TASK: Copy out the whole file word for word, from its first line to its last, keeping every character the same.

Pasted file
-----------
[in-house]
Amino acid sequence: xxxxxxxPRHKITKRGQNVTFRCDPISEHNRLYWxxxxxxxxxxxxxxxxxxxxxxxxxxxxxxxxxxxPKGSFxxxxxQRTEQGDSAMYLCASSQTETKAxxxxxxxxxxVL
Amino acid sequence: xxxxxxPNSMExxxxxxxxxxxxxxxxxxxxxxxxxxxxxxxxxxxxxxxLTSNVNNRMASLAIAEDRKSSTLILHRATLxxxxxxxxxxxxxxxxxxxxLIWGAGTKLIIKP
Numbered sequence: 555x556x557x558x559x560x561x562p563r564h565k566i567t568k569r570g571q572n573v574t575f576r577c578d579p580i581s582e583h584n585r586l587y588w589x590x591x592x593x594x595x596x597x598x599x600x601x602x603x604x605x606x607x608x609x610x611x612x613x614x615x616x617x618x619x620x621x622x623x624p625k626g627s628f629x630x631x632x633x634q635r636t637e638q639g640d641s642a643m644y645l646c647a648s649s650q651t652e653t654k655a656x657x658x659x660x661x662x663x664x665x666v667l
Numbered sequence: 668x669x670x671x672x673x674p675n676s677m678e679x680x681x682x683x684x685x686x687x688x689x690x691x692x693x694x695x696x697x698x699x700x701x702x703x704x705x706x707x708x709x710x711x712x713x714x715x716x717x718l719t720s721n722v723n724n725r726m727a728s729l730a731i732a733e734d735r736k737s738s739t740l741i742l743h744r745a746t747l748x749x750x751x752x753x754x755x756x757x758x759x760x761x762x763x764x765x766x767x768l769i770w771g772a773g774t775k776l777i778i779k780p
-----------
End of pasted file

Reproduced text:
[in-house]
Amino acid sequence: xxxxxxxPRHKITKRGQNVTFRCDPISEHNRLYWxxxxxxxxxxxxxxxxxxxxxxxxxxxxxxxxxxxPKGSFxxxxxQRTEQGDSAMYLCASSQTETKAxxxxxxxxxxVL
Amino acid sequence: xxxxxxPNSMExxxxxxxxxxxxxxxxxxxxxxxxxxxxxxxxxxxxxxxLTSNVNNRMASLAIAEDRKSSTLILHRATLxxxxxxxxxxxxxxxxxxxxLIWGAGTKLIIKP
Numbered sequence: 555x556x557x558x559x560x561x562p563r564h565k566i567t568k569r570g571q572n573v574t575f576r577c578d579p580i581s582e583h584n585r586l587y588w589x590x591x592x593x594x595x596x597x598x599x600x601x602x603x604x605x606x607x608x609x610x611x612x613x614x615x616x617x618x619x620x621x622x623x624p625k626g627s628f629x630x631x632x633x634q635r636t637e638q639g640d641s642a643m644y645l646c647a648s649s650q651t652e653t654k655a656x657x658x659x660x661x662x663x664x665x666v667l
Numbered sequence: 668x669x670x671x672x673x674p675n676s677m678e679x680x681x682x683x684x685x686x687x688x689x690x691x692x693x694x695x696x697x698x699x700x701x702x703x704x705x706x707x708x709x710x711x712x713x714x715x716x717x718l719t720s721n722v723n724n725r726m727a728s729l730a731i732a733e734d735r736k737s738s739t740l741i742l743h744r745a746t747l748x749x750x751x752x753x754x755x756x757x758x759x760x761x762x763x764x765x766x767x768l769i770w771g772a773g774t775k776l777i778i779k780p